Mr. Knightley redux

A reader writes in response to the Emma paper:

Hi Rebecca,
I just read your report on Emma (I liked the pictures!). Did you not find it a little disappointing when Mr. Knightly in the end talked about his 'flaws', in correcting her so often? It seems he was a little sorry there for being so hard on her, when you could see throughout the whole novel that she deserved it!

What do we think of Mr. Knightley for acknowledging his "flaws"? Is he cowering to Emma? Is he less of a man for it? Think not! We all know Emma deserved Mr. Knightley's criticism and we do not fault him for his harshness toward her (if it may be called that). But if he had maintained his attitude of disciplinarian after she had repented, could we think so kindly of him? His concession shows not his weakness, but his compassion and benevolence toward Emma. His motive in reforming her character has never been one of superiority; rather, the motive underlying his position as her counsellor and guide has, all along, been love.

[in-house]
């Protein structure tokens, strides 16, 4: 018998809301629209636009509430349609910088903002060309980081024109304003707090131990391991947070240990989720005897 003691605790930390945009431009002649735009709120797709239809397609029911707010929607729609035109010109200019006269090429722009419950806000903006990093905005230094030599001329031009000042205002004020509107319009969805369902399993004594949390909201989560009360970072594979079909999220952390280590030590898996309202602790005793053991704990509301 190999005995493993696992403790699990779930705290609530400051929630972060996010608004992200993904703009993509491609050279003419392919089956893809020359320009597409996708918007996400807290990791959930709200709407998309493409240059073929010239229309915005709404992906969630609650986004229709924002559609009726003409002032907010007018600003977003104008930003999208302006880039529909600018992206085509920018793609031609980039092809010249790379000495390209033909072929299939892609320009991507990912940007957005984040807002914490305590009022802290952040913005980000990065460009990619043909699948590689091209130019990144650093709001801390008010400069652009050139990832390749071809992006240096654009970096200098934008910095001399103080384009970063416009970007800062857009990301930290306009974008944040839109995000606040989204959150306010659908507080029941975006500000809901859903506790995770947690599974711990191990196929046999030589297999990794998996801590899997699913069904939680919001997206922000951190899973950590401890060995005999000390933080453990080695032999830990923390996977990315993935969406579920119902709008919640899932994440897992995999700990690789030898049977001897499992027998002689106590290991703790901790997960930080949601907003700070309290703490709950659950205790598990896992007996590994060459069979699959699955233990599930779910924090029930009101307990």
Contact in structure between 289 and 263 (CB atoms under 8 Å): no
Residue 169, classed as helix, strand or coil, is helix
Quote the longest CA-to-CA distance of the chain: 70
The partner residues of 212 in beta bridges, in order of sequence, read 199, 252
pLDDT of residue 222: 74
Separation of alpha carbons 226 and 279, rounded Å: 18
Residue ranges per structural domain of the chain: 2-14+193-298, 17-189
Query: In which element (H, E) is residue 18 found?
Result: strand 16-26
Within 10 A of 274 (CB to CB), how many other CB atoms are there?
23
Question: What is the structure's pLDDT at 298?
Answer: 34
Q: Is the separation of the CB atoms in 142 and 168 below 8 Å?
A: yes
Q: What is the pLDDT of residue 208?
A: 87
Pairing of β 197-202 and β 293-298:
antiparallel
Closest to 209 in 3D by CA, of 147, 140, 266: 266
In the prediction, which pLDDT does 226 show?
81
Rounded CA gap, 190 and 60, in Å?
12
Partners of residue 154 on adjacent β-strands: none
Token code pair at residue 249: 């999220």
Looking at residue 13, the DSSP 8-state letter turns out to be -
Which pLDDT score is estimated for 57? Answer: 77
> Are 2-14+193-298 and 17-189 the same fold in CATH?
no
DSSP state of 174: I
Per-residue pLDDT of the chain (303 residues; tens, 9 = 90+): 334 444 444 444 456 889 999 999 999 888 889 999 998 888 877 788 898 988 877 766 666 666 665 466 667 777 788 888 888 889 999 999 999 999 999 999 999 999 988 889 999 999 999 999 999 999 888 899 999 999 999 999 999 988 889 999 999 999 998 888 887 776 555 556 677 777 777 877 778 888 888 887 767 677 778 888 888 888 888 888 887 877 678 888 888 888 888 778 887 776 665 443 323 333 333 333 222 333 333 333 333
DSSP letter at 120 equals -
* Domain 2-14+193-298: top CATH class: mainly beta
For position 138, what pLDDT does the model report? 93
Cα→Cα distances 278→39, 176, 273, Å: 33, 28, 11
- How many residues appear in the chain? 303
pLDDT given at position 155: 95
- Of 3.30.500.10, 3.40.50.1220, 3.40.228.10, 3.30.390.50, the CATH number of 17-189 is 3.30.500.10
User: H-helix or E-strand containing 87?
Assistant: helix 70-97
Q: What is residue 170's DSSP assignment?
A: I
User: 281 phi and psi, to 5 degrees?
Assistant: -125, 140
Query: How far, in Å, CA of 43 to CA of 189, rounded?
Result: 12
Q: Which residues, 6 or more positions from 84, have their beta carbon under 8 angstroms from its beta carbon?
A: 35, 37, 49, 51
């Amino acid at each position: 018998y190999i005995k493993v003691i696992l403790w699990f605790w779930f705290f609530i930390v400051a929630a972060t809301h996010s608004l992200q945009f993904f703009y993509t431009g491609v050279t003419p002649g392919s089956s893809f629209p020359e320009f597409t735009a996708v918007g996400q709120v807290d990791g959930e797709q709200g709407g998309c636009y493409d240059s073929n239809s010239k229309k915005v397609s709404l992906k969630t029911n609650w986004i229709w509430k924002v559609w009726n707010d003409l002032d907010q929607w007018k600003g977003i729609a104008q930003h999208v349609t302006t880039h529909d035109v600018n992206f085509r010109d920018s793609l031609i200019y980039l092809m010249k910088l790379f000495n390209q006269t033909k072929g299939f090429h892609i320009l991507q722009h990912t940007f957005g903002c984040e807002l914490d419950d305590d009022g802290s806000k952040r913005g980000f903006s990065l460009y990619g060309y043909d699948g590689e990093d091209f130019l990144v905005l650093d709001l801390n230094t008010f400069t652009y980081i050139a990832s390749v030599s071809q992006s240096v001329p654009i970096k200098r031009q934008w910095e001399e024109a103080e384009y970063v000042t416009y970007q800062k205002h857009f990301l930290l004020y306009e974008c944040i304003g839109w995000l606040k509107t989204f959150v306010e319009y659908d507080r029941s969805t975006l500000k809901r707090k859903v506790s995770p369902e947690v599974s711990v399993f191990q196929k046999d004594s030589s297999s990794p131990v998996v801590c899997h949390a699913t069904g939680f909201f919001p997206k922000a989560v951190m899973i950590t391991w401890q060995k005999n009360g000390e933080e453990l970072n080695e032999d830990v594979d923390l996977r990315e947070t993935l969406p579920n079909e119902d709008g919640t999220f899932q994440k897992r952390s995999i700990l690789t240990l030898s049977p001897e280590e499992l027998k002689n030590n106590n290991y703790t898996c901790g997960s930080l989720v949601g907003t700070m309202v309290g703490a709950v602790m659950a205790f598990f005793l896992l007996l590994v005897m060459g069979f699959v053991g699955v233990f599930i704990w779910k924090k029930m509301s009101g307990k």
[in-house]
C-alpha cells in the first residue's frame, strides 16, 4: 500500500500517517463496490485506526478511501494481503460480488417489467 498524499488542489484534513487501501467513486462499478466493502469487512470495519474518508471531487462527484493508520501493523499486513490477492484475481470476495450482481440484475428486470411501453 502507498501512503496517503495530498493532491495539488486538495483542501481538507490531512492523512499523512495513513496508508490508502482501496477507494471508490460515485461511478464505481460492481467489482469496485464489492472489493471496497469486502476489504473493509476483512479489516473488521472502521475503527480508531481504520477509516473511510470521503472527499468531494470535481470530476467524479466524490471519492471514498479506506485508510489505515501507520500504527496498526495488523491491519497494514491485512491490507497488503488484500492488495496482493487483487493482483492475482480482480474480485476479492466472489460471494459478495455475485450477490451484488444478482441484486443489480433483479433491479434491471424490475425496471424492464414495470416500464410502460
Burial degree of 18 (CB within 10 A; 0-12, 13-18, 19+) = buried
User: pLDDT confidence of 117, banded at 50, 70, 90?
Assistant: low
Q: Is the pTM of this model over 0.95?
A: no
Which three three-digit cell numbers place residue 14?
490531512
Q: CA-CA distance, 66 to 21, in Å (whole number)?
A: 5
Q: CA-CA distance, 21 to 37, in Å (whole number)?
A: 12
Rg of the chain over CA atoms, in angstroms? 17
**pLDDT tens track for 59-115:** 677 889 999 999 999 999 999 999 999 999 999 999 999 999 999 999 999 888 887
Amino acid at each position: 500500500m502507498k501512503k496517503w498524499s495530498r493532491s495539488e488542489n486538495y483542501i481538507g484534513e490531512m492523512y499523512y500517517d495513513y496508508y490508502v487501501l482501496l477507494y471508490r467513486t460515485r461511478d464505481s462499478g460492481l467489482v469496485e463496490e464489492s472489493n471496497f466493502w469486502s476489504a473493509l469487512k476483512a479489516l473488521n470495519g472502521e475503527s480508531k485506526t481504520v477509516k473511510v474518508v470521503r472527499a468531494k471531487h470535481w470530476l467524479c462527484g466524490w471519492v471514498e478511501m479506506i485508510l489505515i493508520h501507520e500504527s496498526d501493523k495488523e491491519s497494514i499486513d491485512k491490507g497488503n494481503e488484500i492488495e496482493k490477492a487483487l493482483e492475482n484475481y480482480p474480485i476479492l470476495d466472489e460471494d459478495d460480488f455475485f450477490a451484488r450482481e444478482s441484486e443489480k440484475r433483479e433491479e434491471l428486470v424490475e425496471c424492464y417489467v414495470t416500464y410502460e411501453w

Image courtesy of Highbury Online.

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